The interior of this microbus was entirely covered in expressions of devotion to Jesus and Christian Orthodox saints, it was like a mobile church. A small television screen played a tarneema sha3beyya, the first I have ever heard. I enjoyed it. The lyrics flashed across the screen next to images of nature and small children, while the driver, who was from Qena in Upper Egypt talked to us in the waterfall that is the Sa3eedy accent with its tumbling Gs for Qs and Js for Gs.
As is typical, we arrived on one of the hottest days so far of this summer. It was like the sun had taken umbrage at something we said about its mother.
Patrons of Moods, in Gouna’s marina, bathe in water coloured by swirling patterns of boat oil, which everyone ignores. The sea is placid, disturbed only by the passing of enormous yachts and tumbling children pursued by nannies.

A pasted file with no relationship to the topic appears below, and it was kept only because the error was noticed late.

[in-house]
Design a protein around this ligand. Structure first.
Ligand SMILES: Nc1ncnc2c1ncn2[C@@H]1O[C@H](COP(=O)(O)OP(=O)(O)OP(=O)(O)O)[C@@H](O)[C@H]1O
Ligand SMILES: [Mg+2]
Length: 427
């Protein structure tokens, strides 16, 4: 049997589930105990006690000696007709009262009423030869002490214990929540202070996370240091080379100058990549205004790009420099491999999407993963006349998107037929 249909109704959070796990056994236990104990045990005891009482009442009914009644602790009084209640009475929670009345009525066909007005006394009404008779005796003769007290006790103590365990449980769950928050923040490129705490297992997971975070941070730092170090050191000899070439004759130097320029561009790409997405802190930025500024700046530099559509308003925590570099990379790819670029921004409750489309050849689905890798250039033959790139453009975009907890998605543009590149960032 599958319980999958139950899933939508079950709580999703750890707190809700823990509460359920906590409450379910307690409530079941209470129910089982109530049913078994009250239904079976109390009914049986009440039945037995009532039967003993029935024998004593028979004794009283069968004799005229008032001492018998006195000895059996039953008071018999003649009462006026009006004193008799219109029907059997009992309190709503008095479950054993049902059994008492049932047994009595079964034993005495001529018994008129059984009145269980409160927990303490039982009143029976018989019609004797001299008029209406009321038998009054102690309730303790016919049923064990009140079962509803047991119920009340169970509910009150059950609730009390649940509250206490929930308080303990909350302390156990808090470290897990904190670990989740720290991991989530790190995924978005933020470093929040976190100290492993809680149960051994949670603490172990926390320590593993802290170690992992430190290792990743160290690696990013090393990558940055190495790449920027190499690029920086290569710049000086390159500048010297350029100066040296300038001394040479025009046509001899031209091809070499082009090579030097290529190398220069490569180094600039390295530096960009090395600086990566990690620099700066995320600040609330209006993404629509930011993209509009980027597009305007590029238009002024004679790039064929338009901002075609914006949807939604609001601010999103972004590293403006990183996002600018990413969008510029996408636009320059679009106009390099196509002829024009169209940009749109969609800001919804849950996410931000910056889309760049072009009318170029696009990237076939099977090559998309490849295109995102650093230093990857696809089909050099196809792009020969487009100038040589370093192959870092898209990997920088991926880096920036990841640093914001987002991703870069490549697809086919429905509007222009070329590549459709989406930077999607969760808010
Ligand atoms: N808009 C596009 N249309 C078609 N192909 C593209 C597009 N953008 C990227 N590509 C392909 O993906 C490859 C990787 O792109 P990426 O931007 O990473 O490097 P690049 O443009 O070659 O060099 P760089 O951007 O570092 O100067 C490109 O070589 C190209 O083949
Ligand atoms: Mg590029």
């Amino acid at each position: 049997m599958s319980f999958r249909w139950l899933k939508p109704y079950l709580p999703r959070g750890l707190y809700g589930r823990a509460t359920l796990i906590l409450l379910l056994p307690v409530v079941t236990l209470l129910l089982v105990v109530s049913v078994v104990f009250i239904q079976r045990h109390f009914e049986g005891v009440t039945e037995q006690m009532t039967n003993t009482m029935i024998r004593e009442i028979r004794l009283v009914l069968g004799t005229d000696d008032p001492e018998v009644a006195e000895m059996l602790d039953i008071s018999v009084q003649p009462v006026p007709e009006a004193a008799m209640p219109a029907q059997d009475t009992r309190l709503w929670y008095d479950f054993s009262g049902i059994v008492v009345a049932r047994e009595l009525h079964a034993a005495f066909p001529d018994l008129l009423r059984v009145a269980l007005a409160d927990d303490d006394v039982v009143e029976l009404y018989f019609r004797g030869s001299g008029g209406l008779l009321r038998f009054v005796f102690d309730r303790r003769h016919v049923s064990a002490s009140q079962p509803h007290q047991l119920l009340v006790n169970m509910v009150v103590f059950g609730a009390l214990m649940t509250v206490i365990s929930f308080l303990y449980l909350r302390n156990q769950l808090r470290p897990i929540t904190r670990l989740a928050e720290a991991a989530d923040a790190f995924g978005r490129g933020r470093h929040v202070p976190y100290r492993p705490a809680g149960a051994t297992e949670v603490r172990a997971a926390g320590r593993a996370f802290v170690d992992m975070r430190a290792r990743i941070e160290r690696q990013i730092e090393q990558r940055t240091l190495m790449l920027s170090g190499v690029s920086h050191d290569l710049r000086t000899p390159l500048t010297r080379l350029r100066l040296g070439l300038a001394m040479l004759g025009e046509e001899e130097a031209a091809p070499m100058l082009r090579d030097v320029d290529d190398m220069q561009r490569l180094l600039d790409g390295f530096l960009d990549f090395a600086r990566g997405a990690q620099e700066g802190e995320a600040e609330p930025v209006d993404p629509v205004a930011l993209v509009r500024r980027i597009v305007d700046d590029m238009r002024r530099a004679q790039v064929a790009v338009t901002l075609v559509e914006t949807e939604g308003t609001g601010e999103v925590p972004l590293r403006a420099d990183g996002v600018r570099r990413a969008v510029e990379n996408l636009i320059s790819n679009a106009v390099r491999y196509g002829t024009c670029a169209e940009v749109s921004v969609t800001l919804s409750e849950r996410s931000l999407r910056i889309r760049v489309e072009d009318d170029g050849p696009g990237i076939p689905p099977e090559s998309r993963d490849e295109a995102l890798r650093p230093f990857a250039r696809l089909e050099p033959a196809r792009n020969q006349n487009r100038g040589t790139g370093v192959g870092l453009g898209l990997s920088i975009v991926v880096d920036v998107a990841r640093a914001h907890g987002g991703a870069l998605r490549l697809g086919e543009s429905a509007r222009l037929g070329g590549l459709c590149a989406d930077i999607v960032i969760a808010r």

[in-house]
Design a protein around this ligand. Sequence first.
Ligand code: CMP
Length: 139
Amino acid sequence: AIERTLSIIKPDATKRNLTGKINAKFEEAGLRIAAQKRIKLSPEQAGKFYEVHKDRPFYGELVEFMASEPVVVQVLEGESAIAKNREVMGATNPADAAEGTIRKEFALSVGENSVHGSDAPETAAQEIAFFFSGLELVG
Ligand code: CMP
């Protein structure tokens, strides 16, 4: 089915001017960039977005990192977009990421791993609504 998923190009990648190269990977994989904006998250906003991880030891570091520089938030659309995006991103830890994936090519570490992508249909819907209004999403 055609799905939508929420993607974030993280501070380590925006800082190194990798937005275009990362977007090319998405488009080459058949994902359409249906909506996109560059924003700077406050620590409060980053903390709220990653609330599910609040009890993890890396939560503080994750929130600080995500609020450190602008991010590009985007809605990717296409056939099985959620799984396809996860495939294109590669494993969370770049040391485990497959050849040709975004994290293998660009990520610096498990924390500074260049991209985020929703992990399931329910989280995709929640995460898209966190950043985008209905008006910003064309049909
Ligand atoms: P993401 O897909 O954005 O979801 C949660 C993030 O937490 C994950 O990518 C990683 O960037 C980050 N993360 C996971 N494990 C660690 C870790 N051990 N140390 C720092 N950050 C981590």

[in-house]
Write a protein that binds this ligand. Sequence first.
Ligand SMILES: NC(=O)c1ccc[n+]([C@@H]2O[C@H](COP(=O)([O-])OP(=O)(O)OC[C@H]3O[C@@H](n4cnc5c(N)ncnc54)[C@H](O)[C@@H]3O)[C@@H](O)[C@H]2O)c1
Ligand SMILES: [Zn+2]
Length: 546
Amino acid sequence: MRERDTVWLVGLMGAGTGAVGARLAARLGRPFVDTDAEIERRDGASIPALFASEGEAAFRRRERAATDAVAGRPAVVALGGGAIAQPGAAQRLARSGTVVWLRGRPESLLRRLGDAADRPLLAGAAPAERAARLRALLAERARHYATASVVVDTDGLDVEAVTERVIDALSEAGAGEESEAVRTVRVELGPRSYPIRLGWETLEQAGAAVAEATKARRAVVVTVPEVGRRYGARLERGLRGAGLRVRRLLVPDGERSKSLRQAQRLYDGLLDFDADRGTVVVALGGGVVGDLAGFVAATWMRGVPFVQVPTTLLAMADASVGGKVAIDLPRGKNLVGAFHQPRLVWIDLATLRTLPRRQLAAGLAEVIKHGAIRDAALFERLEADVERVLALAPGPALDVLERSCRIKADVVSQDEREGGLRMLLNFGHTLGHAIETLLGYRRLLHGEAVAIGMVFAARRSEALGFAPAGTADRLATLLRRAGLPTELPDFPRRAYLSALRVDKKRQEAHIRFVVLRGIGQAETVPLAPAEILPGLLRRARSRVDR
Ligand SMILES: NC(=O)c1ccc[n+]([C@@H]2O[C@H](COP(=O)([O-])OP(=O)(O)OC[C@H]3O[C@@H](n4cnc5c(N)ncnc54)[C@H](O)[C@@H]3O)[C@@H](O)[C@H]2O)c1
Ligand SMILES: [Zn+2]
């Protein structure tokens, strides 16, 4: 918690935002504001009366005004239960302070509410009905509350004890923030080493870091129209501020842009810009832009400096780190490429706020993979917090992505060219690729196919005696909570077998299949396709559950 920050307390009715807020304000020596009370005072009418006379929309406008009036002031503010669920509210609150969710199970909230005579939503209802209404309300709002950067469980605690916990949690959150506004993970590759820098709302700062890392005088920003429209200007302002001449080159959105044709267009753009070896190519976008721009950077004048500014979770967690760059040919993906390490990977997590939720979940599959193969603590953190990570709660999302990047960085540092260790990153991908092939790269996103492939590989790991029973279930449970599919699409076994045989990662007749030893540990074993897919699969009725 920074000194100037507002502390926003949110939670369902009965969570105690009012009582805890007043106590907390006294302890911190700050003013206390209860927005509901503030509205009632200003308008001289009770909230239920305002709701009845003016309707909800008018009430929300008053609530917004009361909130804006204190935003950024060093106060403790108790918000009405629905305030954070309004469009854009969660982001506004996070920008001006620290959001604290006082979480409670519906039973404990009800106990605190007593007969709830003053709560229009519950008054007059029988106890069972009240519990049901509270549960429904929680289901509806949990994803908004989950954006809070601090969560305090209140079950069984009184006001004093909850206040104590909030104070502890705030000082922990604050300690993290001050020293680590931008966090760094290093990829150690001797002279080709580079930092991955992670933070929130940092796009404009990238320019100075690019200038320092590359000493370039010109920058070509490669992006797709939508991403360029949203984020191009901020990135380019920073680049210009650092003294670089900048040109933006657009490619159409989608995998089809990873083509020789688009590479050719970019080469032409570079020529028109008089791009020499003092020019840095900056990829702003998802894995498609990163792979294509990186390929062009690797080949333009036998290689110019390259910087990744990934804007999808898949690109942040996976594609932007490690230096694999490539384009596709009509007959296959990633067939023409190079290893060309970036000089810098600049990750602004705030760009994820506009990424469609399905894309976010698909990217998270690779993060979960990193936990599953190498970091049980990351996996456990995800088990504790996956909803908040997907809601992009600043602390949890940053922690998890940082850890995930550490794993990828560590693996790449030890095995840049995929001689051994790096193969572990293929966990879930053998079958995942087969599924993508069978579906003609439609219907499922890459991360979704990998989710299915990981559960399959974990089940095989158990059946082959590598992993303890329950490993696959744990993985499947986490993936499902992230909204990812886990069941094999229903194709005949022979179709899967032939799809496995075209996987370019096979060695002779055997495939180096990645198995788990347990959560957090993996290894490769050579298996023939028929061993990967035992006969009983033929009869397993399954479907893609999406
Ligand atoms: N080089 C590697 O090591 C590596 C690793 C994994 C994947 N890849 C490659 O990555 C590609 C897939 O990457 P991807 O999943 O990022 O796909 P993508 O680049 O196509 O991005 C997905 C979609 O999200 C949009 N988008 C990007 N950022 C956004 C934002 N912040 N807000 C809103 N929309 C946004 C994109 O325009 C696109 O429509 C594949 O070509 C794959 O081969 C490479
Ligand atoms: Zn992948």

Gouna’s marina area is a film set of perfectly constructed buildings in tasteful colours gazed at by the enormous yachts. It is all very calm and very clean. The “downtown” area five minutes away is slightly shabbier, if it possible to use that word in connection with Gouna, and seems to be where the town’s less well-off residents live judging by the ordinariness of some of the boxy apartment blocks there. Visitors are ferried about by tuktuks for LE 5 per trip. They hurtle along the well-signed, well-maintained roads at breakneck speed.
Gouna has its own security force, a library, a hospital. You cannot hear the call to prayer, either because the azaan is quiet or the mosque is at a far remove. It is all very pleasant and – like the majority of tourist and holiday resorts here – as far away from Egypt as you can imagine. Visitors are hit over the head with reminders of where they are by the usual pharonic trinkets and a place called the Nubian Village, but otherwise there is something distinctly and disconcertedly un-Egyptian, almost alien about Gouna, like a 7ft wrestler in a knitting class.